Nick Poole on what can we learn from the past to inform the future of public libraries

Nick Poole, CEO of CILIP gave this speech at the Library of Birmingham, 27th October 2016. My thanks to him for allowing me to reproduce it here.

 

I want to take you back to 1831. Britain in 1831 was an incredibly exciting place. In many ways it was the crucible in which much of what we think of as modern society was forged. Faraday was doing public exhibitions of the mysterious new force of Electromagnetism, William IV took the throne and the General Election that year represented a landslide victory for supporters of Electoral Reform. I should say that that landslide victory was only achieved thanks to the national protests organised by the Birmingham Political Union and that a decisive moment in this new world was the rally of more than 200,000 people which took place not too far from the Library of Birmingham at Newhall Hill in 1831.

Emerging from 80 years of the dark satanic mills of the Industrial Revolution, we were busy inventing the idea of a free, democratic and equal society. In 1832, we saw the Reform Act (known as the ‘Representation of the People’ Act) take democracy out of the hands of landowners and into the hands of every man – though tragically, full women’s suffrage was to take nearly a century more to achieve.

“we were busy inventing the idea of a free, democratic and equal society”

Our nation was growing. In 1751, our population was 7 million. By 1821, it stood at 14 million and by 1871 it reached 26 million. And not only were there more people, there was greater prosperity, greater mobility, the emergence of new industrial cities, new transport infrastructure and new technologies.  Indeed, this was the era during which the very ideas of the ‘public realm’ and civil society were forged.

And it was into this nation, a nation of opportunity and prosperity and ambition that the idea of a national public library network was born. On the 6th February 1831, a lawyer called Charles Henry Bellenden Kerr wrote a letter to the then Lord Chancellor and great reformer Henry Lord Brougham which included a document titled, “Proposal for a bill to enable towns of a given population to raise funds for the establishment of public reading and public lending libraries”.

“it was into this nation, a nation of opportunity and prosperity and ambition that the idea of a national public library network was born”

It was a brilliant piece of Enlightenment thinking – that the fuel of our meteoric growth was going to be skilled, literate people. That those people needed to be active participants in the civic life of their communities, and that they needed access to knowledge and information about new ideas so that they could go on to create ever greater ideas of their own.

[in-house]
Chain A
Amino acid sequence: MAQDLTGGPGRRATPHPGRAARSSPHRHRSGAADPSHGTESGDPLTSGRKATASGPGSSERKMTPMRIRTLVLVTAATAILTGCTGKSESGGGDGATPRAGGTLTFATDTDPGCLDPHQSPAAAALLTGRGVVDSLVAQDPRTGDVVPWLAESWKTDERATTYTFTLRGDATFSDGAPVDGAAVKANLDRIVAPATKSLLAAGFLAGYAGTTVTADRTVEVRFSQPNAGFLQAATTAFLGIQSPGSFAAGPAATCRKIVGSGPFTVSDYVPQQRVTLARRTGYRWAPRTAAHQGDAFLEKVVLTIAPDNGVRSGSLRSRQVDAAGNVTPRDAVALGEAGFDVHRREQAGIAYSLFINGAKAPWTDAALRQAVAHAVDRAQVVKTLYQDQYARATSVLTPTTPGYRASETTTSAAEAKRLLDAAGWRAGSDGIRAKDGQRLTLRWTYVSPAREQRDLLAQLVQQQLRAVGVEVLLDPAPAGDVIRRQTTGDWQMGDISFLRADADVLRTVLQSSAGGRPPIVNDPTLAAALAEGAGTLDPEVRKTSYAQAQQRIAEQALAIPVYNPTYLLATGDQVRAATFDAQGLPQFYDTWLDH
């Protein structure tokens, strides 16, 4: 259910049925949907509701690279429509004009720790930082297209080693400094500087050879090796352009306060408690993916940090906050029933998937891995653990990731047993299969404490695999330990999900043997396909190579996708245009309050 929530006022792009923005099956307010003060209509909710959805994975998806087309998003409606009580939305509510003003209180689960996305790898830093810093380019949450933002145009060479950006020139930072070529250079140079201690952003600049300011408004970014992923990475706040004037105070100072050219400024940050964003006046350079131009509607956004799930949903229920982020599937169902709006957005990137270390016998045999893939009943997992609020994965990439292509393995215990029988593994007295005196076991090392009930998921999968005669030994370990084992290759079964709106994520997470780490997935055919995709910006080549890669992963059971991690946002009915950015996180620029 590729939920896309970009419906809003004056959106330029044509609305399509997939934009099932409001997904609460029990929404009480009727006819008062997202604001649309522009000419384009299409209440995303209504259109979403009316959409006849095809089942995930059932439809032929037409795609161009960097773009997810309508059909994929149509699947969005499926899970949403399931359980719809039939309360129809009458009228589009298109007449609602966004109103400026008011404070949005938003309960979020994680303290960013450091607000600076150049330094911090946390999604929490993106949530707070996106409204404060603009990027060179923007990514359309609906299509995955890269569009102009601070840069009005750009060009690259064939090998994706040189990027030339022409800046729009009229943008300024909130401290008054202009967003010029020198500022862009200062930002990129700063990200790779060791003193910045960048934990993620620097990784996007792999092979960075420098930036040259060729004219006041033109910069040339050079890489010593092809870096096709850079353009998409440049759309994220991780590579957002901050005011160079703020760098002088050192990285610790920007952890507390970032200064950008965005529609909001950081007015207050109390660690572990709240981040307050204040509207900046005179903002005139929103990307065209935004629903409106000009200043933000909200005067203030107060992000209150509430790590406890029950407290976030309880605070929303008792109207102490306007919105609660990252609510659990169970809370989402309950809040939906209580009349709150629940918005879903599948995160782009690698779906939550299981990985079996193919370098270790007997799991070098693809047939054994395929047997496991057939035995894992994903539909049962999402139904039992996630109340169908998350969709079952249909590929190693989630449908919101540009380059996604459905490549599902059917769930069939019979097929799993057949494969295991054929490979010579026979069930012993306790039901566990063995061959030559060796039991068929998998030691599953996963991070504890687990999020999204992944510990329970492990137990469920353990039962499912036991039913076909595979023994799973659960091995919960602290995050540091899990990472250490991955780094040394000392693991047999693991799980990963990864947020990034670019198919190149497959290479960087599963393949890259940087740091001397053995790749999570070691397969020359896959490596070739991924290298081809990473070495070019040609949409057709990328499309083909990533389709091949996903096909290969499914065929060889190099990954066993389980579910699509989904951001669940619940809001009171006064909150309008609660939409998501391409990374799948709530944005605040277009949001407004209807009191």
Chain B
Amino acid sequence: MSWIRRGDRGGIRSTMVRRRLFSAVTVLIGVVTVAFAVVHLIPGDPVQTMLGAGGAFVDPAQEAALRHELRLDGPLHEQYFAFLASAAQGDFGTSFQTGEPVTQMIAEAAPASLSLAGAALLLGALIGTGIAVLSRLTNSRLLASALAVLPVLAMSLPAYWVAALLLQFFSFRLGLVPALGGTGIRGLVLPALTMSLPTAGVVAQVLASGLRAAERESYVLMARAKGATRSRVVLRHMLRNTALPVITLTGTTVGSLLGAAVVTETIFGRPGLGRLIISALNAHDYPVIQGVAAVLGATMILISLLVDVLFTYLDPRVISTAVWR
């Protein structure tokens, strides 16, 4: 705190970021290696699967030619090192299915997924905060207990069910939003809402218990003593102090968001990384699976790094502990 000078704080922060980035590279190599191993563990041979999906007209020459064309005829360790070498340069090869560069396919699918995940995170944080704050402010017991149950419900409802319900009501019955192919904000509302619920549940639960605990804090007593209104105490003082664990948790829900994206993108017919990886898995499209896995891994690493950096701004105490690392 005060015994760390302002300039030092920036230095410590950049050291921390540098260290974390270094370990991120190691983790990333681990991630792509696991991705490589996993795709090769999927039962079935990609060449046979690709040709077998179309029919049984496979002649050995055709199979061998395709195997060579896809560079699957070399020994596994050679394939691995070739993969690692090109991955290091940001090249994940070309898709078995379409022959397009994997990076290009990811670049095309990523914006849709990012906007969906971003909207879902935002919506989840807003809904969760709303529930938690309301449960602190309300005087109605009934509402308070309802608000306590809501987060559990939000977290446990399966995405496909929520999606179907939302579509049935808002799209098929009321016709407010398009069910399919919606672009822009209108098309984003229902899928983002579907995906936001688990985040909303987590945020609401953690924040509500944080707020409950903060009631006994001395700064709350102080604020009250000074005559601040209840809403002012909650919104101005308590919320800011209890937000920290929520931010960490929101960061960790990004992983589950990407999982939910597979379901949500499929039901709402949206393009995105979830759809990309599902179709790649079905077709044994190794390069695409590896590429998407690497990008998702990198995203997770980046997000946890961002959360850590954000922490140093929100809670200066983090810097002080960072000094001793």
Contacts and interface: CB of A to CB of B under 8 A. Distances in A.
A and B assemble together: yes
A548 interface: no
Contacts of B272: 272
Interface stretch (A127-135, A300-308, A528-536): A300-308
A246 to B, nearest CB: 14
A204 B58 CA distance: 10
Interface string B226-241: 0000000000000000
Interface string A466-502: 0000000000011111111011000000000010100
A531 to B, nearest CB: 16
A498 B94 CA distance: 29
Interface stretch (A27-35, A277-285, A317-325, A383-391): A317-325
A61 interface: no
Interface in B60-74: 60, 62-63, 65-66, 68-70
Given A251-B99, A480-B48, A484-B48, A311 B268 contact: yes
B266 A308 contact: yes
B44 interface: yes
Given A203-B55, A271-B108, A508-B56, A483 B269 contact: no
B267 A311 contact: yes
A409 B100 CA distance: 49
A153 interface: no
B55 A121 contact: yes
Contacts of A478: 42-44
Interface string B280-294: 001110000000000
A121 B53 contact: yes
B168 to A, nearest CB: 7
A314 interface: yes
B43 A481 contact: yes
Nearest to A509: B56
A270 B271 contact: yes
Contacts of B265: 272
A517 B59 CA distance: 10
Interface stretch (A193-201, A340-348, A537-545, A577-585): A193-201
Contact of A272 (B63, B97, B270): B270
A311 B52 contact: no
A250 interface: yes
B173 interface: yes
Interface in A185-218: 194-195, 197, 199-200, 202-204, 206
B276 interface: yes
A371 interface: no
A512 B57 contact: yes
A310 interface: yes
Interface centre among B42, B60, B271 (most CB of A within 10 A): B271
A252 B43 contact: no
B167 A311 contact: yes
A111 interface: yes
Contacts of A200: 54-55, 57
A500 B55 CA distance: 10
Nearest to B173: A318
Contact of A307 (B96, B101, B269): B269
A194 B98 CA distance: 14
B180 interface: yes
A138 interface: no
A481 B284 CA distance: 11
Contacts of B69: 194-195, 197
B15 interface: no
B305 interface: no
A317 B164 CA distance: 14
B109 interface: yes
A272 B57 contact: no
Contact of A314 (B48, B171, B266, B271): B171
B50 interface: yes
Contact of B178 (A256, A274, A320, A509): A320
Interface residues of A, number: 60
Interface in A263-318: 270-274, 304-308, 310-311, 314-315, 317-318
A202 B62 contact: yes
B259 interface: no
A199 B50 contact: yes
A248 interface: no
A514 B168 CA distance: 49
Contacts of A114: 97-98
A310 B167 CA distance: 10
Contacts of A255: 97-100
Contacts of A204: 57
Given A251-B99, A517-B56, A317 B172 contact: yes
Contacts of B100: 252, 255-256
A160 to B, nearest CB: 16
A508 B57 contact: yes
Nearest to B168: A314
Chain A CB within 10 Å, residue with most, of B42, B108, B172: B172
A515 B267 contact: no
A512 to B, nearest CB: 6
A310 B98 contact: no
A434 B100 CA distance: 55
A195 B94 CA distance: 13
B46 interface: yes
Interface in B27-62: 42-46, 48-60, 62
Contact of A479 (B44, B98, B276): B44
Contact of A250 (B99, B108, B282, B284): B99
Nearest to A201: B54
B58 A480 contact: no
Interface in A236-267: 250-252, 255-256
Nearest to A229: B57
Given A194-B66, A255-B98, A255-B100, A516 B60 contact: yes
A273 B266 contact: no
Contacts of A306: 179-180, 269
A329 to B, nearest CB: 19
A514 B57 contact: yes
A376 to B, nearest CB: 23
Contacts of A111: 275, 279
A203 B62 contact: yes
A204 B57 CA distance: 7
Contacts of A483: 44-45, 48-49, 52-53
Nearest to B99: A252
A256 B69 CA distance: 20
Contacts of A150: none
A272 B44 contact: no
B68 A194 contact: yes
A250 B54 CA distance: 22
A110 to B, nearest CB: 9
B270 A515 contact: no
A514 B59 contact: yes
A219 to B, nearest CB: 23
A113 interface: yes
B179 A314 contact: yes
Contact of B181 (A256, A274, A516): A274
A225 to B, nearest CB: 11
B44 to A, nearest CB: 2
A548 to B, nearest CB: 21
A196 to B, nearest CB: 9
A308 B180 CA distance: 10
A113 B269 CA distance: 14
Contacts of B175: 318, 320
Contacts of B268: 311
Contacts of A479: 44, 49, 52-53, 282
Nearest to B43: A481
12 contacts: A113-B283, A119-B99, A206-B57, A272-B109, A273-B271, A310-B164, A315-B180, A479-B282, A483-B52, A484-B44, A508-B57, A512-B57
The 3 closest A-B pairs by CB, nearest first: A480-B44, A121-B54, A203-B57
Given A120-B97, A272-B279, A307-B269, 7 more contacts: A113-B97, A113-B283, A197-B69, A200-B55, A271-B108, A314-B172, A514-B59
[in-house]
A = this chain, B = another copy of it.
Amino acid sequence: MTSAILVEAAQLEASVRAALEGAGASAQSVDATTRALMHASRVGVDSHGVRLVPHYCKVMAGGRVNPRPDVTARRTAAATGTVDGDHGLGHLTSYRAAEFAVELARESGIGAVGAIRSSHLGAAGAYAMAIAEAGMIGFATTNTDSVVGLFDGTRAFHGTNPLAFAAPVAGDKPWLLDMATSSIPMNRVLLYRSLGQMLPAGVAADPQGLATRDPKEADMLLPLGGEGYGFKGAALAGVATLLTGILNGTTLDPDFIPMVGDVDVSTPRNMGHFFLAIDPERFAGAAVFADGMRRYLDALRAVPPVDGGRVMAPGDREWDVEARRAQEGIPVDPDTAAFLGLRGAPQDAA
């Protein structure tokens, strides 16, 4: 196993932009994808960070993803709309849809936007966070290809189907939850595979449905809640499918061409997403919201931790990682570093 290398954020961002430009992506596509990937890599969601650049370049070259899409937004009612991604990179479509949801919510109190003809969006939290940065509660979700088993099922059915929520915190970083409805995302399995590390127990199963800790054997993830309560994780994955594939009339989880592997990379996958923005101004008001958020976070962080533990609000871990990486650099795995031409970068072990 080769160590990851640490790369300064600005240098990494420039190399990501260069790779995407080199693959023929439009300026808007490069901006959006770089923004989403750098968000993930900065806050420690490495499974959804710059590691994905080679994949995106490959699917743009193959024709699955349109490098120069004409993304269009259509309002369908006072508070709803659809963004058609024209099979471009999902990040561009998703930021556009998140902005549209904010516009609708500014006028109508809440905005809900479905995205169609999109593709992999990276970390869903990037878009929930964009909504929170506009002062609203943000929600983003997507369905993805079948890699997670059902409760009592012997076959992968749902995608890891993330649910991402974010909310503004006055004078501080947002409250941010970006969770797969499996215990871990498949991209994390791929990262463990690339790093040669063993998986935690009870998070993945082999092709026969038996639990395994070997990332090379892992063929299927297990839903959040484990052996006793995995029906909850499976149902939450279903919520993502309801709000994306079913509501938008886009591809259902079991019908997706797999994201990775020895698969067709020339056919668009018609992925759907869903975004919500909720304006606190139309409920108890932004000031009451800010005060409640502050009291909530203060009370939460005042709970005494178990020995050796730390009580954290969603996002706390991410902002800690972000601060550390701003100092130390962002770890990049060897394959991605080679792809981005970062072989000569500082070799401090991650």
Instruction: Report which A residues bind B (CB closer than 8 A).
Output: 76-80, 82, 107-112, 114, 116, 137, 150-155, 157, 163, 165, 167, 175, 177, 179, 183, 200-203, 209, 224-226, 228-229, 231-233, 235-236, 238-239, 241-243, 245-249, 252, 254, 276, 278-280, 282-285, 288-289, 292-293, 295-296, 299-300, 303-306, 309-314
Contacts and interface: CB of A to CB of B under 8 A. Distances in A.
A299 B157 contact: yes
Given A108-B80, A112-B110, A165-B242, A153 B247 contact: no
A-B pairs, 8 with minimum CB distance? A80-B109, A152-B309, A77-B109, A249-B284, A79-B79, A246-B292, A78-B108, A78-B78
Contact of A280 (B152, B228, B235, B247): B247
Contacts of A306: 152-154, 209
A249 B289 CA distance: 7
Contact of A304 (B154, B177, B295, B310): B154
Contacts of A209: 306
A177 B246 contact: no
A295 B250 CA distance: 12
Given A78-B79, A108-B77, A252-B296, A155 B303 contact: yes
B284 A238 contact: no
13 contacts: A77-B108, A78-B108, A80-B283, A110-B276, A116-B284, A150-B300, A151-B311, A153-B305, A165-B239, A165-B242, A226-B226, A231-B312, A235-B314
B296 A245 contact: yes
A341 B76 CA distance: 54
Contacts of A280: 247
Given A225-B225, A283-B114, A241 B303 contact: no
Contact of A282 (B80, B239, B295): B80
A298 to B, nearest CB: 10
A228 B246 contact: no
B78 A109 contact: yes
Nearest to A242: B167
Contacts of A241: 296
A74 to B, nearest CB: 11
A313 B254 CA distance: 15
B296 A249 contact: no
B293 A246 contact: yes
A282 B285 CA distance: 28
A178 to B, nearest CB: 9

“It was a brilliant piece of Enlightenment thinking – that the fuel of our meteoric growth was going to be skilled, literate people.”

So from the outset, the concept of a ‘library’ was not synonymous with ‘books’ – it was synonymous with the concept of a public institution that served those three purposes – access to learning, access to knowledge and a free and open platform for civic engagement.

So that is the lesson I would take from the past to help navigate the future – as we emerge from the early days of our own Revolution, the Digital Revolution, we need exactly the same kind of enlightened idea of the library as an open, trusted civic institution which gives every single person equal access to learning and the opportunity to find, create and share knowledge and ideas.

“So from the outset, the concept of a ‘library’ was not synonymous with ‘books’ – it was synonymous with the concept of a public institution that served those three purposes – access to learning, access to knowledge and a free and open platform for civic engagement.”

The formats may change, but that core civic and educational purpose has just as much vitality and relevance today as it did to that exciting, optimistic world of 1831. If we are to look ahead to the same kind of future that the people of 1831 did, then we need to raise our eyes from our immediate circumstances and be bold in asserting the kind of world we demand to live in and the role libraries will play in delivering it. “

  • #1 written by malcolmrigler
    about 1 year ago

    The need for library services to engage with NHS GP services has never before been so vital but the actual engagement of real live GPs with Librarians still needs to be established.

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